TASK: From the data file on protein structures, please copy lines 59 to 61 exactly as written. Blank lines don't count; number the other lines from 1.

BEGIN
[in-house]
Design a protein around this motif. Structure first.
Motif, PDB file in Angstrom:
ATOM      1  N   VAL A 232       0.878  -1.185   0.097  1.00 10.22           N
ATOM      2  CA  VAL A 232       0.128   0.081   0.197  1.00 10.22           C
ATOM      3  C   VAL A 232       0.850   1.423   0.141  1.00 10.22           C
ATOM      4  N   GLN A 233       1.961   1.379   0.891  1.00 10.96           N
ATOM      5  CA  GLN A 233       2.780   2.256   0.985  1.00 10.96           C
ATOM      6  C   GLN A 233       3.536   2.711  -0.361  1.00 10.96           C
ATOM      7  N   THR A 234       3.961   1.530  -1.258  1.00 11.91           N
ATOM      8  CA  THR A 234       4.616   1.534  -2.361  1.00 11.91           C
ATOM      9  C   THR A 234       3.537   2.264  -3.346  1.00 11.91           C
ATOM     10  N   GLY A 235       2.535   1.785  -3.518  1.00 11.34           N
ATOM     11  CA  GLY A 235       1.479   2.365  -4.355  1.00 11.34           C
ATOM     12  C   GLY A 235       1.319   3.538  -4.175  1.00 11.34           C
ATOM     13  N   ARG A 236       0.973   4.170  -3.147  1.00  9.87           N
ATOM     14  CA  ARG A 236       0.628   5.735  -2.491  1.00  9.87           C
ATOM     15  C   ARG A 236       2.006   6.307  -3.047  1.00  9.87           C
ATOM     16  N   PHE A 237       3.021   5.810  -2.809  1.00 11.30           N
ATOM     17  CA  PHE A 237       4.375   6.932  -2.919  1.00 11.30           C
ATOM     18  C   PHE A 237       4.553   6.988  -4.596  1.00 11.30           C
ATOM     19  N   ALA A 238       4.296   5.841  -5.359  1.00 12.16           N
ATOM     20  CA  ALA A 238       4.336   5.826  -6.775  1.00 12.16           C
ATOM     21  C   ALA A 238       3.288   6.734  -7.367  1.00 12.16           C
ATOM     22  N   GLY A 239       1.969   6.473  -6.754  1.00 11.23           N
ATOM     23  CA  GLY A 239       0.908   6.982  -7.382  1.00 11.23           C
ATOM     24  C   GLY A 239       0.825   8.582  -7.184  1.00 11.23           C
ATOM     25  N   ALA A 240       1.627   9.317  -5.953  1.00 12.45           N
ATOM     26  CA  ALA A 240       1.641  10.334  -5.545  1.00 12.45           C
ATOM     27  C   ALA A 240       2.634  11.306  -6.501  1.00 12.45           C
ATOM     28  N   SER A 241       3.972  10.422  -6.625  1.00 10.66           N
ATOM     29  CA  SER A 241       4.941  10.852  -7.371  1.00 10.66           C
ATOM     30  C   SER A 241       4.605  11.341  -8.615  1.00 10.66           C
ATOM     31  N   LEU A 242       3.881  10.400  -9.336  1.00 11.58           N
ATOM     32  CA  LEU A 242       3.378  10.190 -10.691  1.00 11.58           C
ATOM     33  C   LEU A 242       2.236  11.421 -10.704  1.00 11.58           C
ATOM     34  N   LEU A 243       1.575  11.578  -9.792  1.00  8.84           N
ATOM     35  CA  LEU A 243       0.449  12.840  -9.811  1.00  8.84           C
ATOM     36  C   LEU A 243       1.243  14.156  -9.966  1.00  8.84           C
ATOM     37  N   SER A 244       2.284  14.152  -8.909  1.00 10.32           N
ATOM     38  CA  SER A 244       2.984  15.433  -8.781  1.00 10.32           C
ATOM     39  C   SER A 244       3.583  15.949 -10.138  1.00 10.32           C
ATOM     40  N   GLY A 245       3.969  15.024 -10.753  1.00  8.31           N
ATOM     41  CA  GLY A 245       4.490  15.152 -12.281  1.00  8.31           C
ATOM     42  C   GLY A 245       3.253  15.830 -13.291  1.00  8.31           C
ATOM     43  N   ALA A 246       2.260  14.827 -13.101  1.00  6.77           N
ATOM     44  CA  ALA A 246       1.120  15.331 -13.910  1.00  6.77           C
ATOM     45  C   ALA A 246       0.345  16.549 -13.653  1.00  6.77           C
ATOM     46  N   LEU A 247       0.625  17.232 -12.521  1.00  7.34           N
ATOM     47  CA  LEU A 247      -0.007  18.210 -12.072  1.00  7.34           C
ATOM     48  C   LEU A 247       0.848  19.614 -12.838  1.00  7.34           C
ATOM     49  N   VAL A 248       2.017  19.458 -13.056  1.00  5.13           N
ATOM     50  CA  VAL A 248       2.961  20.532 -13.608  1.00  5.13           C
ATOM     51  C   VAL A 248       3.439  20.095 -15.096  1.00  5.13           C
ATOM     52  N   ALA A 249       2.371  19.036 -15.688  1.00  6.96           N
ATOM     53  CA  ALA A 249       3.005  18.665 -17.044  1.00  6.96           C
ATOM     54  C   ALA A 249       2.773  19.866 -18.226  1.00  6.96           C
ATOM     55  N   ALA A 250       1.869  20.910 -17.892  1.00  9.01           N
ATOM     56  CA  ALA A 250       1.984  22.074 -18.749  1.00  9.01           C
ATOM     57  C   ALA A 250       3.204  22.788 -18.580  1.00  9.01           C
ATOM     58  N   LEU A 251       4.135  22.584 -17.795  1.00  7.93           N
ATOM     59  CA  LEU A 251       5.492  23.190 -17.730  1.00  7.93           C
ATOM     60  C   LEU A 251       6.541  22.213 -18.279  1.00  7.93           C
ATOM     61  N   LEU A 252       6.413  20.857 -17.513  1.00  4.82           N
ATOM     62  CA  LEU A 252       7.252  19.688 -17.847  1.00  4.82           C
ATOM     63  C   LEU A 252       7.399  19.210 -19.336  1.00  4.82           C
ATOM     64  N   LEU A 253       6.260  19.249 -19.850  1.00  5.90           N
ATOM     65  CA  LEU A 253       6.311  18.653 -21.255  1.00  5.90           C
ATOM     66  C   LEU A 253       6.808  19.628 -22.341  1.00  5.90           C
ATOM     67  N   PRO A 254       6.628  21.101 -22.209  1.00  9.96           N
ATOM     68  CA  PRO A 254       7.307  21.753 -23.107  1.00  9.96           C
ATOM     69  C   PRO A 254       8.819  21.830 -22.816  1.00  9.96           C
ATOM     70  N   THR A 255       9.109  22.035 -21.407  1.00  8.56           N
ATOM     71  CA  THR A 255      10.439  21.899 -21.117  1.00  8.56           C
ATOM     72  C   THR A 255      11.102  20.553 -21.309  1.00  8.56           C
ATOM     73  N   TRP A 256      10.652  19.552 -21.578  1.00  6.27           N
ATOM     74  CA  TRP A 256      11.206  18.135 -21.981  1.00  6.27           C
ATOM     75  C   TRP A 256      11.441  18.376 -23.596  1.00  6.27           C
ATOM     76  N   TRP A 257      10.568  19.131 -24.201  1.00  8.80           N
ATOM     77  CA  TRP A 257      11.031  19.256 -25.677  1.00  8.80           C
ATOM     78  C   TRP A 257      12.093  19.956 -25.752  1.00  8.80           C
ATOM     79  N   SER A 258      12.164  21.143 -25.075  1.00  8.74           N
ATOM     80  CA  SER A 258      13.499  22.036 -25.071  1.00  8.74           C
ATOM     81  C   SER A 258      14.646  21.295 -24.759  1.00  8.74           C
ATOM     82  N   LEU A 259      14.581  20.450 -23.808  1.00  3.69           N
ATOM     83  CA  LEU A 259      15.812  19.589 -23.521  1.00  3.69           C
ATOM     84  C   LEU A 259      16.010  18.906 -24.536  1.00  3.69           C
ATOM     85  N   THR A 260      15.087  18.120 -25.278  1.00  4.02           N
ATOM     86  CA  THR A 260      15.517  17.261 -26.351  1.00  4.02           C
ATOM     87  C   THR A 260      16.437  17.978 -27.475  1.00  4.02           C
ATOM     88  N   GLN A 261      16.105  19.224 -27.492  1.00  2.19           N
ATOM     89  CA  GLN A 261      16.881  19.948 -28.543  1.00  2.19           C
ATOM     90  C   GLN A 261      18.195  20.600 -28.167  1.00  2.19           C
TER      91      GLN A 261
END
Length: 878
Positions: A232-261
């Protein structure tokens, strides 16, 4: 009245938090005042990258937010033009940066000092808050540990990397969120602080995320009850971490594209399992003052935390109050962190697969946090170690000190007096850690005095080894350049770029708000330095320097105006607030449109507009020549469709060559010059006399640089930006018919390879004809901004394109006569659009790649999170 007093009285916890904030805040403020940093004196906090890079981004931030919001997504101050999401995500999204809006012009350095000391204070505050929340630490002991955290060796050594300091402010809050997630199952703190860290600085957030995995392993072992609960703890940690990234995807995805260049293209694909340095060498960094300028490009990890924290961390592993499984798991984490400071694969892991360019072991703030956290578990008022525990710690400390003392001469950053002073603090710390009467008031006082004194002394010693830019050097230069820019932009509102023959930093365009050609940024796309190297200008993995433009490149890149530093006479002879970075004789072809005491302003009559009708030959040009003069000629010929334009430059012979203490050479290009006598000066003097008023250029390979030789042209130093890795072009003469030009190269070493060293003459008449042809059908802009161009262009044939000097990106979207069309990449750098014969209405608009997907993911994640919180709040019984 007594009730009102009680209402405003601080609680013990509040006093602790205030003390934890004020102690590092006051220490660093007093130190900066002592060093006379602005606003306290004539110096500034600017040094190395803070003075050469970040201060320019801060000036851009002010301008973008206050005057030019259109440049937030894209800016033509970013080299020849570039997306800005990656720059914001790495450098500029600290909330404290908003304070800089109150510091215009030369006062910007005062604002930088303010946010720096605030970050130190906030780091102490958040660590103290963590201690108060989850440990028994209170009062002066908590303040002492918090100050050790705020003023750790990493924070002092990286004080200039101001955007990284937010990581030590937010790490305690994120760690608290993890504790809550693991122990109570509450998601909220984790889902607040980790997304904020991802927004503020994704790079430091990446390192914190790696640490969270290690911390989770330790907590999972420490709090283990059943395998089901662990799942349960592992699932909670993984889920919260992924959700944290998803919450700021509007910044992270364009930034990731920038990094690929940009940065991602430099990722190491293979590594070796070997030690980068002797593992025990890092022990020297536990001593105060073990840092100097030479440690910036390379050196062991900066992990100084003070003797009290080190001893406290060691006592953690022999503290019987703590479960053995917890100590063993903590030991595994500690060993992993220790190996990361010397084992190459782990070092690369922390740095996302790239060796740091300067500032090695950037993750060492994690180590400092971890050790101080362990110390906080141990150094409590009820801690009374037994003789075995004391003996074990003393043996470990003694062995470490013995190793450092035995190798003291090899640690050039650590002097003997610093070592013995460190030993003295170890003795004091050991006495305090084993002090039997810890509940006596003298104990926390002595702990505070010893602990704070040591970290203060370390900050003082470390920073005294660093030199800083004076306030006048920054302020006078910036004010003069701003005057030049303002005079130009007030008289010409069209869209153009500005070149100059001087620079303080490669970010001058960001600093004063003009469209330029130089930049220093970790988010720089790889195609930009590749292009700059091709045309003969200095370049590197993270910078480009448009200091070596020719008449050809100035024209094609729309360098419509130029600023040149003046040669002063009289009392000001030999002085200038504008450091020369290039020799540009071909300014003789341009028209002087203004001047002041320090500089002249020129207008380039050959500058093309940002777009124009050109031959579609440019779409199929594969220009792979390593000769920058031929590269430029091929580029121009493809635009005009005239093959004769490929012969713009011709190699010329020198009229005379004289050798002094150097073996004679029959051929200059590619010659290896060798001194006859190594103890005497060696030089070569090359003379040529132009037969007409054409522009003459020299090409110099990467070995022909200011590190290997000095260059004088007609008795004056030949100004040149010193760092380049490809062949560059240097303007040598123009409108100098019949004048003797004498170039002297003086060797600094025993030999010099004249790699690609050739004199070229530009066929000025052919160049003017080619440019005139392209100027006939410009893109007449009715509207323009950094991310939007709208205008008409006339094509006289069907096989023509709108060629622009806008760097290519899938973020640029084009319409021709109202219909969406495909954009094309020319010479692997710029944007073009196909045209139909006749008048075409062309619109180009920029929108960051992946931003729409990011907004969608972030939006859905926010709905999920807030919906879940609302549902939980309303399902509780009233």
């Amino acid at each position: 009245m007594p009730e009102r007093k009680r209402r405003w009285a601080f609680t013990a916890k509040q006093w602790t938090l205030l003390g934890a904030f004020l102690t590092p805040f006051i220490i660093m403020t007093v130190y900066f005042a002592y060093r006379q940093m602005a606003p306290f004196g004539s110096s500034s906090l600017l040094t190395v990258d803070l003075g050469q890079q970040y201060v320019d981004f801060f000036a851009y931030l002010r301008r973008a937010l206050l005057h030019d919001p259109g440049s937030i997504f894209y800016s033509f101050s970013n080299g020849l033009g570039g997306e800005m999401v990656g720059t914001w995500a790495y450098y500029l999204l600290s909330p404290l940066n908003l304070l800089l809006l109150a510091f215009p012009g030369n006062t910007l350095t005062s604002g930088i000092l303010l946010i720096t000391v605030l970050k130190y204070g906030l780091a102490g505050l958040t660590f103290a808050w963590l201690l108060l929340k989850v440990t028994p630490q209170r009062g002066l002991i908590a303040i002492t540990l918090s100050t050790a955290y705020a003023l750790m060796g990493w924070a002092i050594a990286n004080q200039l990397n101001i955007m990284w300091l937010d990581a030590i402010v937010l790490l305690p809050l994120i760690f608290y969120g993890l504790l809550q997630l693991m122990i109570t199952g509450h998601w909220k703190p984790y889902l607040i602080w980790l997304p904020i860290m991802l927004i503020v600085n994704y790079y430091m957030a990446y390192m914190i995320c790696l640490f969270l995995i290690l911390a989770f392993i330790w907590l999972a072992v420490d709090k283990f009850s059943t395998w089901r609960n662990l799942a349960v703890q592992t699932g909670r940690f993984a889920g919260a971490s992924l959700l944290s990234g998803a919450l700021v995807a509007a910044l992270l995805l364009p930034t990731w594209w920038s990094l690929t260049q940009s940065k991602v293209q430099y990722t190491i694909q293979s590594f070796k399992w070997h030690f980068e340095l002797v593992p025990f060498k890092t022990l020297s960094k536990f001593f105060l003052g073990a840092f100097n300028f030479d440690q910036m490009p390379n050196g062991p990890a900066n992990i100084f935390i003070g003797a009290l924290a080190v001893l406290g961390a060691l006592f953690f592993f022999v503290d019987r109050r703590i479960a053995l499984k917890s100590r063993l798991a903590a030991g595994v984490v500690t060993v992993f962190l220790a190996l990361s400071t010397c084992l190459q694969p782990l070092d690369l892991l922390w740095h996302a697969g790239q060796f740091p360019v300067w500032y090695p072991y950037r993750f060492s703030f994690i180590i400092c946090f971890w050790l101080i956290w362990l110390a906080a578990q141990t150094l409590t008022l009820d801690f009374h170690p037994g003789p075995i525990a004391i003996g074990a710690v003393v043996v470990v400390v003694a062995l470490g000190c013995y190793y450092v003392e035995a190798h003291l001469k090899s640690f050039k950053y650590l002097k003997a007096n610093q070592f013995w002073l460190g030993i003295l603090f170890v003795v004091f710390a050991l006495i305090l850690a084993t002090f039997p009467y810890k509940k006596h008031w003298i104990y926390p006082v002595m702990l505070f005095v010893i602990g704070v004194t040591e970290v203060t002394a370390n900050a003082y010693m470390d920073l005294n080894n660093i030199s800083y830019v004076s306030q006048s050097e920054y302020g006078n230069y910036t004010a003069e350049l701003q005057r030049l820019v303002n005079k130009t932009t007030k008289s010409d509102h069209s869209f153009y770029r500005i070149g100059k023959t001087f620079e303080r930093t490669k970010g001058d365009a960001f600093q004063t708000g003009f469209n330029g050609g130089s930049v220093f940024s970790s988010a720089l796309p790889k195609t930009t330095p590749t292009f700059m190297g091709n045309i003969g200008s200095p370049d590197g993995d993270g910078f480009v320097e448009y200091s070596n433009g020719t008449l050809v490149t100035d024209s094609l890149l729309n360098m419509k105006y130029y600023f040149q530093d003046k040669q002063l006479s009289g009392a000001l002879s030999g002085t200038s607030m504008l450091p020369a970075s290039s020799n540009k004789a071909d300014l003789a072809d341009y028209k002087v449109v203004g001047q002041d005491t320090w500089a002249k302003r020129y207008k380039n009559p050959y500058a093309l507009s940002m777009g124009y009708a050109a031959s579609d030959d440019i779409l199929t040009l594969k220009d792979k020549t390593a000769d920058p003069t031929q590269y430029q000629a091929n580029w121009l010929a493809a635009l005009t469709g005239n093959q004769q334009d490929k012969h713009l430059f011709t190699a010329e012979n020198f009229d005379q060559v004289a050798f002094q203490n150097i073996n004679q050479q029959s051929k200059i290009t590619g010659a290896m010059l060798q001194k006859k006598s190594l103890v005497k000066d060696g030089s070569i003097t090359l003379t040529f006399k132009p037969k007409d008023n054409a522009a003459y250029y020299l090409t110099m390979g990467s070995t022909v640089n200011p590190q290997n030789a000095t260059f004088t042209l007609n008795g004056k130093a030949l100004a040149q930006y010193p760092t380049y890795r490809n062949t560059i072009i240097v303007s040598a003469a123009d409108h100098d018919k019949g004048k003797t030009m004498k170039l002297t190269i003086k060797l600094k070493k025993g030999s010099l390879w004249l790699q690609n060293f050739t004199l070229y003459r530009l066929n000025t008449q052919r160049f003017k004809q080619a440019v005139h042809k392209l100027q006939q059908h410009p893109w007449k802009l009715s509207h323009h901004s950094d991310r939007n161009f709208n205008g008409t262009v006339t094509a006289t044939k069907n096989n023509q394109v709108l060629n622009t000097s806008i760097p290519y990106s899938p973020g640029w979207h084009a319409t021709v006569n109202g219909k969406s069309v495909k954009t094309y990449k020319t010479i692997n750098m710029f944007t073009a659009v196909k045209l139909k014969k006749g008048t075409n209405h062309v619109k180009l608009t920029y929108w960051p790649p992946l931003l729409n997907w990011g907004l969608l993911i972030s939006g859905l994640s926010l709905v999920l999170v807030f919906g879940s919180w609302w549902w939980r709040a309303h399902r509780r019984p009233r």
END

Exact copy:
ATOM     56  CA  ALA A 250       1.984  22.074 -18.749  1.00  9.01           C
ATOM     57  C   ALA A 250       3.204  22.788 -18.580  1.00  9.01           C
ATOM     58  N   LEU A 251       4.135  22.584 -17.795  1.00  7.93           N